The federal income tax system supports low- and moderate-income families with children using a tax unit that largely reflects the makeup of a “traditional” family—that is, two young people marrying, having children, and staying together. But the American family has undergone dramatic changes in recent decades. Couples are marrying later, divorcing more frequently, and living together without being married. About 40 percent of children born each year are born to parents who are not married, and many parents have children from more than one relationship.
The rules surrounding programs such as the earned income tax credit and child tax credit are complicated and are made more so by the increase of complex family structures. An expert panel discussed new research highlighting changes in the family and how this makes tax filing more complicated.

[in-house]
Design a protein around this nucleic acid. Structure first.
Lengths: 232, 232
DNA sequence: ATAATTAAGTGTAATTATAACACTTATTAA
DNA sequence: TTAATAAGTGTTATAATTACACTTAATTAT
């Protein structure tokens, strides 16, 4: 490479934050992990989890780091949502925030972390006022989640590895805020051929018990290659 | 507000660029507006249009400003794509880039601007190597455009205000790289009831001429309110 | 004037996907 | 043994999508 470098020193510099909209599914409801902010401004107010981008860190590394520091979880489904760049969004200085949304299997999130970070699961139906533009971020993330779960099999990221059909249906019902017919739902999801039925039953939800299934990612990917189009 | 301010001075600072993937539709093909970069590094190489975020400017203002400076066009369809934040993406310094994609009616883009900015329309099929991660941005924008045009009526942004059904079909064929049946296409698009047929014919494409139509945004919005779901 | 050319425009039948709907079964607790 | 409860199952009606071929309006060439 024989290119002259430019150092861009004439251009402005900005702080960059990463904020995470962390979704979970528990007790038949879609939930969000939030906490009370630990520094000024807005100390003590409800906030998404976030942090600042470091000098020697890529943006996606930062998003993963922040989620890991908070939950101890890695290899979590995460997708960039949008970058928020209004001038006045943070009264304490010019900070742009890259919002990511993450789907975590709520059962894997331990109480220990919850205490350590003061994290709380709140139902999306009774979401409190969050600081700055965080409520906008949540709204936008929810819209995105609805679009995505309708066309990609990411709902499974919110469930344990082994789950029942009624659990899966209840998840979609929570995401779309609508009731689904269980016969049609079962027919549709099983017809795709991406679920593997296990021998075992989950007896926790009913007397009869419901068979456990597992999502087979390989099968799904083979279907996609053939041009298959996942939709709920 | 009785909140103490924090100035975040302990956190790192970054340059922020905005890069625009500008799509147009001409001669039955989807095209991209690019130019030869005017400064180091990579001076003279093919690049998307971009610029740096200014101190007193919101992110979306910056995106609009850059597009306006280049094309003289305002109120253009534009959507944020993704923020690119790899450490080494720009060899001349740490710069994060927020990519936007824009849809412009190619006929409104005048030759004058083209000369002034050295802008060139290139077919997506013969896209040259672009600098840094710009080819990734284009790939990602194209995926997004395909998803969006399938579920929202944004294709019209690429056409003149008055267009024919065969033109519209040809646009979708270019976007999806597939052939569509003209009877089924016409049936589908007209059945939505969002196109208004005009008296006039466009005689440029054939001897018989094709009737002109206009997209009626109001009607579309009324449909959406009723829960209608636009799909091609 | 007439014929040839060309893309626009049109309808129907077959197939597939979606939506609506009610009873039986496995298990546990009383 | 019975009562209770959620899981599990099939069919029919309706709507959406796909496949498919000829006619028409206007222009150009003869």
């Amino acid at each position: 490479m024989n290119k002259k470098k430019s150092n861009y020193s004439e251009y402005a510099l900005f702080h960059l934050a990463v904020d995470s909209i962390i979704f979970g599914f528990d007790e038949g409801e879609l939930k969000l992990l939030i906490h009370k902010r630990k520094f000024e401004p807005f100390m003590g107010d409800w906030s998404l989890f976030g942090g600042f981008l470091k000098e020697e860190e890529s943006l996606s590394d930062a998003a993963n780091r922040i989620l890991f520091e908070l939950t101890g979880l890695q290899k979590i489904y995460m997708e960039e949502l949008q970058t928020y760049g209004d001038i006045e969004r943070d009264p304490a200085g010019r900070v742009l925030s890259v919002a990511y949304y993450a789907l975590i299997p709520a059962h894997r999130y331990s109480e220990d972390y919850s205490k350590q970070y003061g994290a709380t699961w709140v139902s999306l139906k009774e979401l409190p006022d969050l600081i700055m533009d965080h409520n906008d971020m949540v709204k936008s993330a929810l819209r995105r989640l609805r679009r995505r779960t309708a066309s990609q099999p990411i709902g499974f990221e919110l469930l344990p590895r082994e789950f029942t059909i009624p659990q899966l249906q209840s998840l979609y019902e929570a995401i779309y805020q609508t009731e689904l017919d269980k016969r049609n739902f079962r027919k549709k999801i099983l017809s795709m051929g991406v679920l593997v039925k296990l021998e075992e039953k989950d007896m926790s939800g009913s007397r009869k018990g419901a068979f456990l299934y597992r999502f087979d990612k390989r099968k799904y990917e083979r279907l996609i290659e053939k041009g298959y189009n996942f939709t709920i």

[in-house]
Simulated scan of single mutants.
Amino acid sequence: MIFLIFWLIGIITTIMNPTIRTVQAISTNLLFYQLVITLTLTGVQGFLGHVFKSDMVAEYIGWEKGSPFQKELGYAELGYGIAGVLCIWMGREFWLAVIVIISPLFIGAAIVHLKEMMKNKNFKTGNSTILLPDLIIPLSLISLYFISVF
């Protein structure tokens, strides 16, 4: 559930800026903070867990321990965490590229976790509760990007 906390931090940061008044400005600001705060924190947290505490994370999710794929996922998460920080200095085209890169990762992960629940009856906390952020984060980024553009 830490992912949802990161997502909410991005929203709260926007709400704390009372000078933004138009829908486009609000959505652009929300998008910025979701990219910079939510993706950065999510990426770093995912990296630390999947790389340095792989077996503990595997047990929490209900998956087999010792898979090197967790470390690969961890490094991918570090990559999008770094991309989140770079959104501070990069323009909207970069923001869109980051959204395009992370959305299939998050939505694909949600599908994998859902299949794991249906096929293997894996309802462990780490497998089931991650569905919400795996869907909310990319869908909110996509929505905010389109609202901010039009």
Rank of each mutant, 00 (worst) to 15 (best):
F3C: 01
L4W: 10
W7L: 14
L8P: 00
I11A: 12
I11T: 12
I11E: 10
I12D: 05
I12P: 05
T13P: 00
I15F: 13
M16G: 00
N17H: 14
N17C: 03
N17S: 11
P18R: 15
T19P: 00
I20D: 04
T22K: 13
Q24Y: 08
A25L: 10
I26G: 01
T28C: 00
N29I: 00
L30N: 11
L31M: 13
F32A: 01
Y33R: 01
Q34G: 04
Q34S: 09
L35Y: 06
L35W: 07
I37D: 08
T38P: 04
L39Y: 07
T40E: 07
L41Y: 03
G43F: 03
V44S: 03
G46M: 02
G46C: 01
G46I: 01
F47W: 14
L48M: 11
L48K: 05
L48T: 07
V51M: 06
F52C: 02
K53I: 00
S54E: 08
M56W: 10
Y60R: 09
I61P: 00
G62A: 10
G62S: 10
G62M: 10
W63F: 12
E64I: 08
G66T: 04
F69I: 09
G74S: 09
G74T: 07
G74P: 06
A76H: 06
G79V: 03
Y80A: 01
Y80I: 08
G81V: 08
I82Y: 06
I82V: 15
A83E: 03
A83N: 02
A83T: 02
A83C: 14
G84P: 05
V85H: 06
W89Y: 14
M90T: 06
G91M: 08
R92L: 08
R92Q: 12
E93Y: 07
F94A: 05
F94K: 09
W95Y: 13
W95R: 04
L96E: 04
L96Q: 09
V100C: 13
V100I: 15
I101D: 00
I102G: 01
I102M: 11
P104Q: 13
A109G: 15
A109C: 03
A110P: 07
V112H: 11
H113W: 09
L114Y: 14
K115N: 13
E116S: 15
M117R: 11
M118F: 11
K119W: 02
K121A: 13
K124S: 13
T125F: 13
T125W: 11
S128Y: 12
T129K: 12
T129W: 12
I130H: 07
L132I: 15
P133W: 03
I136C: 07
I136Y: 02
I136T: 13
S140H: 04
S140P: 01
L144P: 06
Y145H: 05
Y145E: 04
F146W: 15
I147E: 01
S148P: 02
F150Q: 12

Francesca Jean Baptiste, senior program manager, Maryland CASH Campaign
Elaine Maag, senior research associate, Urban-Brookings Tax Policy Center
Nina Olson, taxpayer advocate, Internal Revenue Service
H. Elizabeth Peters, director, Center on Labor, Human Services, and Population, Urban Institute
Moderator: David Williams, chief tax officer and executive director, Intuit Tax and Financial Center
Intuit Financial Freedom Foundation provided general support funding to the Urban-Brookings Tax Policy Center.